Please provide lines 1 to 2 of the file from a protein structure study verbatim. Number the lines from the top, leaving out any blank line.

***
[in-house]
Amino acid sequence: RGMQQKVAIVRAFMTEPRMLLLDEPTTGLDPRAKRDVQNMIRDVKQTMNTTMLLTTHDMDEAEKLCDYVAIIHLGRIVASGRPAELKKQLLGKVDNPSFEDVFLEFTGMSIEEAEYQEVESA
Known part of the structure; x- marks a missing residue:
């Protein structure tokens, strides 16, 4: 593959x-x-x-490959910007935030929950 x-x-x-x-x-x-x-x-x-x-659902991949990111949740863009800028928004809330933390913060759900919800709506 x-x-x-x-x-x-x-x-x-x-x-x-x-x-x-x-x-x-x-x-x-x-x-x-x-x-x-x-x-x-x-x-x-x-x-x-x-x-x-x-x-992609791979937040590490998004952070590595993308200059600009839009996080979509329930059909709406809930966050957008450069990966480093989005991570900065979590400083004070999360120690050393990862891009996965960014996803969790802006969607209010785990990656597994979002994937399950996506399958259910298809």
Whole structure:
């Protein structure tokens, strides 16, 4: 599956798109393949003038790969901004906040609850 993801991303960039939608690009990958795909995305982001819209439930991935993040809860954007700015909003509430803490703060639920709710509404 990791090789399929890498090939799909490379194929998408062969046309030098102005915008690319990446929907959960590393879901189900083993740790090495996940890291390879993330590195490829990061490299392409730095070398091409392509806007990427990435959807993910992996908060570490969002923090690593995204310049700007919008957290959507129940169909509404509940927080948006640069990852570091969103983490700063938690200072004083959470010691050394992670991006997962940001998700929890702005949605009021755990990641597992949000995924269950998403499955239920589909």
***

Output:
[in-house]
Amino acid sequence: RGMQQKVAIVRAFMTEPRMLLLDEPTTGLDPRAKRDVQNMIRDVKQTMNTTMLLTTHDMDEAEKLCDYVAIIHLGRIVASGRPAELKKQLLGKVDNPSFEDVFLEFTGMSIEEAEYQEVESA